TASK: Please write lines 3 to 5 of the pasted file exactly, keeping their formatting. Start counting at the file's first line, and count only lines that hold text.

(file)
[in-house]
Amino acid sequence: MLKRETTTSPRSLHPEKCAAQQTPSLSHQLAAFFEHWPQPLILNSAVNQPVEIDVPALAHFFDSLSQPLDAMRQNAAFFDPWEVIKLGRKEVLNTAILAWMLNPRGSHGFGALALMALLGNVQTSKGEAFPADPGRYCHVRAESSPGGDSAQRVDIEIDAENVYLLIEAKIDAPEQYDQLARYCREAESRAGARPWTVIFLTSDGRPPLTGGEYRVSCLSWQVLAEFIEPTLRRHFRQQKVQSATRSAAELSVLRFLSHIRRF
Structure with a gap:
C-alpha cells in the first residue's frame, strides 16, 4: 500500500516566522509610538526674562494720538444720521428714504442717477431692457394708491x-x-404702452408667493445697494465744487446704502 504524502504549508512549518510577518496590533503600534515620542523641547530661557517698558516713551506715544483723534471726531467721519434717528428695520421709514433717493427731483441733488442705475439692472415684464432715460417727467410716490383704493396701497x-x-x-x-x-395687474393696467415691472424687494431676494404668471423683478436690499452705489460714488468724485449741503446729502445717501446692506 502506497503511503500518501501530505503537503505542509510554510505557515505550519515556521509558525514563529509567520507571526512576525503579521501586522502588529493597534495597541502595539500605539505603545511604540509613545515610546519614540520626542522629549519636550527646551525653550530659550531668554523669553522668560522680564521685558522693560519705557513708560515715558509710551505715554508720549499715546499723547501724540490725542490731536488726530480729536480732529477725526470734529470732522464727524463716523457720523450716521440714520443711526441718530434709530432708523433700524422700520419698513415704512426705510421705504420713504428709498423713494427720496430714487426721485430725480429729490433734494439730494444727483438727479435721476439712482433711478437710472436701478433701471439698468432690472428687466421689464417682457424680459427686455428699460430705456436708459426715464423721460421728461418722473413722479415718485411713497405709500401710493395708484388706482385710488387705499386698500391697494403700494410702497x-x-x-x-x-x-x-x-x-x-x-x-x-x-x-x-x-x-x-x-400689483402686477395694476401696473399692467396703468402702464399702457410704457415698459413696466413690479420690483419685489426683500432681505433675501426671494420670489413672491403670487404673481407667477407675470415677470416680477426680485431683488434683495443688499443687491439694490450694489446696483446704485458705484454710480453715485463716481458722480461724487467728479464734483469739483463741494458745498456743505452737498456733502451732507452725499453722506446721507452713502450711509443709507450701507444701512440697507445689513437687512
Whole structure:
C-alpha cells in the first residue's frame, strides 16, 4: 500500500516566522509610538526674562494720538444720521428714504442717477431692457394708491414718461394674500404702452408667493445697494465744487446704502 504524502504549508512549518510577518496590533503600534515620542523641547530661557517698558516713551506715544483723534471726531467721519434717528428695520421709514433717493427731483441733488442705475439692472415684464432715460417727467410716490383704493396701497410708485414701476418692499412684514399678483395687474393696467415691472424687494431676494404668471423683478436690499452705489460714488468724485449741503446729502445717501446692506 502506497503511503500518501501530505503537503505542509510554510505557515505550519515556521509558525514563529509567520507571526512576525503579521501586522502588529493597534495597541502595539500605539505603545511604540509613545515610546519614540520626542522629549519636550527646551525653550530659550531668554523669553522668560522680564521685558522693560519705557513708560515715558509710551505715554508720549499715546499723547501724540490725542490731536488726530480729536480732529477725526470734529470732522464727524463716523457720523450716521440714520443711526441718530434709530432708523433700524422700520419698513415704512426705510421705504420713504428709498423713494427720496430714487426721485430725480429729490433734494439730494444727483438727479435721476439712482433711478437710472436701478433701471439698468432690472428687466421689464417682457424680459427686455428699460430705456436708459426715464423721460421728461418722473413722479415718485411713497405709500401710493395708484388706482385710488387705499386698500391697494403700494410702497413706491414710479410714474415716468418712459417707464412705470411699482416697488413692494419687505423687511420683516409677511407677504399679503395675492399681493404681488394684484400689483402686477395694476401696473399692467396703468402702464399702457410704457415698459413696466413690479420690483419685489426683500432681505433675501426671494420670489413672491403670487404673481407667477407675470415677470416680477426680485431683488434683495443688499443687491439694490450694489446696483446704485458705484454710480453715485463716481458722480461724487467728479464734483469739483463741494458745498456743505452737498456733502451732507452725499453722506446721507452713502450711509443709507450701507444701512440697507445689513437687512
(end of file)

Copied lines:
Structure with a gap:
C-alpha cells in the first residue's frame, strides 16, 4: 500500500516566522509610538526674562494720538444720521428714504442717477431692457394708491x-x-404702452408667493445697494465744487446704502 504524502504549508512549518510577518496590533503600534515620542523641547530661557517698558516713551506715544483723534471726531467721519434717528428695520421709514433717493427731483441733488442705475439692472415684464432715460417727467410716490383704493396701497x-x-x-x-x-395687474393696467415691472424687494431676494404668471423683478436690499452705489460714488468724485449741503446729502445717501446692506 502506497503511503500518501501530505503537503505542509510554510505557515505550519515556521509558525514563529509567520507571526512576525503579521501586522502588529493597534495597541502595539500605539505603545511604540509613545515610546519614540520626542522629549519636550527646551525653550530659550531668554523669553522668560522680564521685558522693560519705557513708560515715558509710551505715554508720549499715546499723547501724540490725542490731536488726530480729536480732529477725526470734529470732522464727524463716523457720523450716521440714520443711526441718530434709530432708523433700524422700520419698513415704512426705510421705504420713504428709498423713494427720496430714487426721485430725480429729490433734494439730494444727483438727479435721476439712482433711478437710472436701478433701471439698468432690472428687466421689464417682457424680459427686455428699460430705456436708459426715464423721460421728461418722473413722479415718485411713497405709500401710493395708484388706482385710488387705499386698500391697494403700494410702497x-x-x-x-x-x-x-x-x-x-x-x-x-x-x-x-x-x-x-x-400689483402686477395694476401696473399692467396703468402702464399702457410704457415698459413696466413690479420690483419685489426683500432681505433675501426671494420670489413672491403670487404673481407667477407675470415677470416680477426680485431683488434683495443688499443687491439694490450694489446696483446704485458705484454710480453715485463716481458722480461724487467728479464734483469739483463741494458745498456743505452737498456733502451732507452725499453722506446721507452713502450711509443709507450701507444701512440697507445689513437687512
Whole structure: